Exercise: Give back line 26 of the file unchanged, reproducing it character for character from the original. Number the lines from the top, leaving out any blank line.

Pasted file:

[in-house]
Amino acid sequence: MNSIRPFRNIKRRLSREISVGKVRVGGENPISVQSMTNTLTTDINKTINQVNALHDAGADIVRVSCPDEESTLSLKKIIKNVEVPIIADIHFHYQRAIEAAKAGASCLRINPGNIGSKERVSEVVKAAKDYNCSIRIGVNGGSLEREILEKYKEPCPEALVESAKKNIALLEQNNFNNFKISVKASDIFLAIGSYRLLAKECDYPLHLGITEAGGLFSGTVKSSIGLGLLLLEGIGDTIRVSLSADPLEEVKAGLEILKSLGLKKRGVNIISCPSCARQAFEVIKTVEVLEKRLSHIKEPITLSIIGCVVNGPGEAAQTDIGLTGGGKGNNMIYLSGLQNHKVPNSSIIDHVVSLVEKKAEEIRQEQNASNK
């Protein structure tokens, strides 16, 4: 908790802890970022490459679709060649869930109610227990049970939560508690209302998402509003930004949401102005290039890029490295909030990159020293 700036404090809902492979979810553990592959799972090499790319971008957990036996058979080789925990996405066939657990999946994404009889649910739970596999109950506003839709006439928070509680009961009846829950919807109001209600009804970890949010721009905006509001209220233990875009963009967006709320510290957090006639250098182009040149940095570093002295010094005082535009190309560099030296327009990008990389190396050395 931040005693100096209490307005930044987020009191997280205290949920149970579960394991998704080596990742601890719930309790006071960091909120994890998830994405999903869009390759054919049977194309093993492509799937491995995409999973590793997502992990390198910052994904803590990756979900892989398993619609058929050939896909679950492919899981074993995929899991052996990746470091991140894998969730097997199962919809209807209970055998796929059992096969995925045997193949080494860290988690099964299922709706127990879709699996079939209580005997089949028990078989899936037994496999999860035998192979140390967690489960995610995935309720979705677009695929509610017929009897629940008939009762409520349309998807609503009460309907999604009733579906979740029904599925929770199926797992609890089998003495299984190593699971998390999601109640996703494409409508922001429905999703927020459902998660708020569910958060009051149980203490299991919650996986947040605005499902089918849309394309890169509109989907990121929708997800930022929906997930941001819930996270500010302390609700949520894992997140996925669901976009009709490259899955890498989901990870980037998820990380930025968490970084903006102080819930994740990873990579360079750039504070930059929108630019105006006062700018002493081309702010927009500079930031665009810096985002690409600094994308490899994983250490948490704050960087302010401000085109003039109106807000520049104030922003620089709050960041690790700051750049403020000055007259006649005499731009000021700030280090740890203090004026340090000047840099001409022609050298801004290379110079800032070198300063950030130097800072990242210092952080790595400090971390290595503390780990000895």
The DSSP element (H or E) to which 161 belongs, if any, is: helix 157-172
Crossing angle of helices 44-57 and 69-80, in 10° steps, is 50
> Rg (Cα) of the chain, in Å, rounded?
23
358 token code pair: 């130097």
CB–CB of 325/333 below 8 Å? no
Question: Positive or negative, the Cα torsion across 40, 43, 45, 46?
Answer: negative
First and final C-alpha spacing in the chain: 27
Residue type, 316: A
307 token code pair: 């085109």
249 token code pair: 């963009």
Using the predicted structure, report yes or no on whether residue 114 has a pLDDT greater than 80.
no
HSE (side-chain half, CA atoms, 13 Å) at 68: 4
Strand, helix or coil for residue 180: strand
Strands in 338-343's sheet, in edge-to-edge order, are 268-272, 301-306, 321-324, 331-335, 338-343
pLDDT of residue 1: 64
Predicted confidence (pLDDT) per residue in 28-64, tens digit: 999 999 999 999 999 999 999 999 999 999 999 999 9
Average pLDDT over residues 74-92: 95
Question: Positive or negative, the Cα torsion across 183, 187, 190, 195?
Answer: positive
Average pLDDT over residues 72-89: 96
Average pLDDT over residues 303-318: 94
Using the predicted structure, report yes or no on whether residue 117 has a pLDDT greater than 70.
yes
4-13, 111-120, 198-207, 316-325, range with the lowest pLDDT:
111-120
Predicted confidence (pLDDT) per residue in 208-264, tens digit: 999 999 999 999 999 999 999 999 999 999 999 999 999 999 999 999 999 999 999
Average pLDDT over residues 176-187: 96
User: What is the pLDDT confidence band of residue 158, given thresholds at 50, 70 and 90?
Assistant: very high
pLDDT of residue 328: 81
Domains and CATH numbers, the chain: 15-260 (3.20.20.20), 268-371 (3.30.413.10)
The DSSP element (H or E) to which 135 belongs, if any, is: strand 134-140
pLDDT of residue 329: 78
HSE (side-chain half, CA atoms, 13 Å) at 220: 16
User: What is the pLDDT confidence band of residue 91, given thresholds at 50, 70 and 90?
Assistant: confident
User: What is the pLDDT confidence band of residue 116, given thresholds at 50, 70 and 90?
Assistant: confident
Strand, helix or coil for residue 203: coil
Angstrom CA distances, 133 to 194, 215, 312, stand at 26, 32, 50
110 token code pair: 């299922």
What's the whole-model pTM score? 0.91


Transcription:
Average pLDDT over residues 72-89: 96